The 2016 Census revealed three major population trends in Canada: we are having fewer babies, more and more baby boomers are transitioning into retirement, and everyone is living longer. Taken together, these trends point towards a population that is greying at a faster rate than in any other census period. Overall, it’s a good news story as it signals Canadians are generally living longer and healthier lives. However, the data also confirm that our natural population will soon have difficulty supporting the rising needs of older generations. And, in the absence of significant policy changes, it also indicates that government revenues will soon come under downward pressure.
Here are our main takeaways from the 2016 Census Age and Population data, and how they may affect the future:
- For the first time in Census history, seniors outnumber youth. There are now 5.9 million Canadians 65 years and older, compared to 5.8 million aged 14 and under.
- Life expectancy rates are higher. For women, average life expectancy is approaching 84 years, while men are just under 80 years. In BC, men and women are expected to live slightly longer. The expansion of this age group shows few signs of slowing down. Between 2011 and 2016, the >85-year-old cohort grew 19.4% —nearly four times the growth rate of the total Canadian population, which in comparison increased by just 5%.
- BC is an attractive destination to retire. Seven of the top ten municipalities in Canada with the largest proportions of people aged 85 and older are found in BC.
Top 10 Municipalities* with Highest Proportion of People >85, Canada, 2016 Rank Municipality Total population People aged 85 and older Proportion 1 Sidney, BC 11,670 1130 9.7% 2 Qualicum Beach, BC 8945 725 8.1% 3 Côte-Saint-Luc, QC 32,450 2345 7.2% 4 Saint-Charles-Borromée, QC 13,790 895 6.5% 5 Oak Bay, BC 18,095 1130 6.2% 6 Parksville, BC 12,515 775 6.2% 7 White Rock, BC 19,950 1205 6.0% 8 Westlock, AB 5100 305 6.0% 9 Osoyoos, BC 5085 300 5.9% 10 Creston, BC 5350 315 5.9% * census subdivisions; 5000 residents or more
- The annual growth rate of Canada’s working age population (15 to 64 years) decreased over the last five years, falling from 68.5% in 2011 to 66.5% in 2016.
- Within the working age population (15 to 64 years), the proportion between 55 and 64 years of age reached a record high of 21% in 2016. At the same time, there were fewer Canadians aged 15 to 24 (4.3 million) than people aged 55 to 64 (4.9 million). This marks the second census in a row where the number of people edging closer to retirement outnumber those about to join the workforce. Unless births increase (which is unlikely, given decreasing fertility rates), an aging population will turn ever greyer.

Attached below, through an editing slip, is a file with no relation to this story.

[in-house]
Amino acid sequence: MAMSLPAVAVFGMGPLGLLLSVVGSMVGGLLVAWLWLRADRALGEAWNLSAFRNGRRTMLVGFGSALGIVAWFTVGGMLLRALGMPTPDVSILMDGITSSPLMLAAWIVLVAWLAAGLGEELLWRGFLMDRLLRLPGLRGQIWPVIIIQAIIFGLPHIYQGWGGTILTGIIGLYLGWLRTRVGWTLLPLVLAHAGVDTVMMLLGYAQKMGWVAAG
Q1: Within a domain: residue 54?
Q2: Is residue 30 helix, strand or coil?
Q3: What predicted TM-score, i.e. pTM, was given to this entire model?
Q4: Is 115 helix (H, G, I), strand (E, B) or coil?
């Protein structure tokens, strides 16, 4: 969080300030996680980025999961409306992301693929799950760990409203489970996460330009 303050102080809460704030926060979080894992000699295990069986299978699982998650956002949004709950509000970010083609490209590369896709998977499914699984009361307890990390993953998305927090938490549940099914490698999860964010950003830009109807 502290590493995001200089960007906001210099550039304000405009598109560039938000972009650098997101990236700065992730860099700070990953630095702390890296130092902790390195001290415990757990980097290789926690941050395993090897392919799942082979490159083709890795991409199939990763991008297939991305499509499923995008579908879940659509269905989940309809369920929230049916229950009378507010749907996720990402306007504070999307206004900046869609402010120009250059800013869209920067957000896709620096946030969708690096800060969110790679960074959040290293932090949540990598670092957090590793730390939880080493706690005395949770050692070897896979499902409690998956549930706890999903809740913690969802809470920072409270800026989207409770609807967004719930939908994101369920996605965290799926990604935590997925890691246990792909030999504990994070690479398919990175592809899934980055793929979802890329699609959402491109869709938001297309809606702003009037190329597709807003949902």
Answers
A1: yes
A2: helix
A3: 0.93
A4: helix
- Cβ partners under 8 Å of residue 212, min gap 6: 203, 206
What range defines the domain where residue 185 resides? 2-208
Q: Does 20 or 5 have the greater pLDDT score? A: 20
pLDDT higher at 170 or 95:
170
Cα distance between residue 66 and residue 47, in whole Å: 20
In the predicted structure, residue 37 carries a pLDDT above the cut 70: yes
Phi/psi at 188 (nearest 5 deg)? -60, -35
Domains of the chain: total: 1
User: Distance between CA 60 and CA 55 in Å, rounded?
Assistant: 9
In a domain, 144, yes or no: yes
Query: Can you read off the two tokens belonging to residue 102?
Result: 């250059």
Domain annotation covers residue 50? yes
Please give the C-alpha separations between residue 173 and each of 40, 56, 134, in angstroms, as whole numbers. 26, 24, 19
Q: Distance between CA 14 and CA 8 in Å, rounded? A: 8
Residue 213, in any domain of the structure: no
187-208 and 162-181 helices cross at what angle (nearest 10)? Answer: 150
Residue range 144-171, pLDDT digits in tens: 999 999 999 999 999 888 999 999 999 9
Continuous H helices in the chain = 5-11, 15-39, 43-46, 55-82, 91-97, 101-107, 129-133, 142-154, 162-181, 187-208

The results of the 2016 Census of Population point to challenges ahead, notably around labour productivity, knowledge transfer, succession planning, and the renewal of the labour force. These trends point to a future of slower economic growth and downward pressure on government revenues to fund public services. With fewer workers to fill the positions left by the older generation—one that is living longer and requiring more in terms of health care and other forms of social assistance—governments will face mounting demands on the treasury. Of concern, average spending on health care is nearly nine times more for someone age 80 and older than for someone aged 1 to 64.
To add to the complexity of this issue, these trends converge at a time when many younger workers are struggling to find well-paid, full-time employment. The less income workers generate, the less tax revenue will be available to fund public services.
British Columbia needs to be especially alert to the results of the 2016 Census of Population, as the province is home to a significant share of older Canadians. Governments will need to make important public policy decisions and find innovative ways to support an aging population, such as how to extend working lives, encourage higher productivity, and more efficiently deliver public programs and services. Some suggestions on where to start:
- Attract more high-skilled talent to BC and work to expand BC’s annual allotment under the provincial nominee program;
- Increase access to childcare to support more families in the workplace;
- Rethink the cumulative cost of doing business in the province and how to attract and grow more head offices;
- Tread carefully on the business tax burden – BC already suffers from a high relative tax rate on new investment compared to other provinces and advanced industrial countries;
- BC’s natural resource sectors continue to punch above their weight in their contributions to GDP, exports, and higher-paying jobs. Getting BC goods to market has a significant impact on the economic well-being of the province. However, the “inability to get anything done in a timely fashion” in the natural resource sector and the “inability to make decisions… or projects that are.. held up, delayed, litigated, reviewed” does not make BC an appealing place to invest or create wealth in resource-based sectors. BC policy-makers should be worried about our global reputation for sluggish business investment and lengthy project approval times.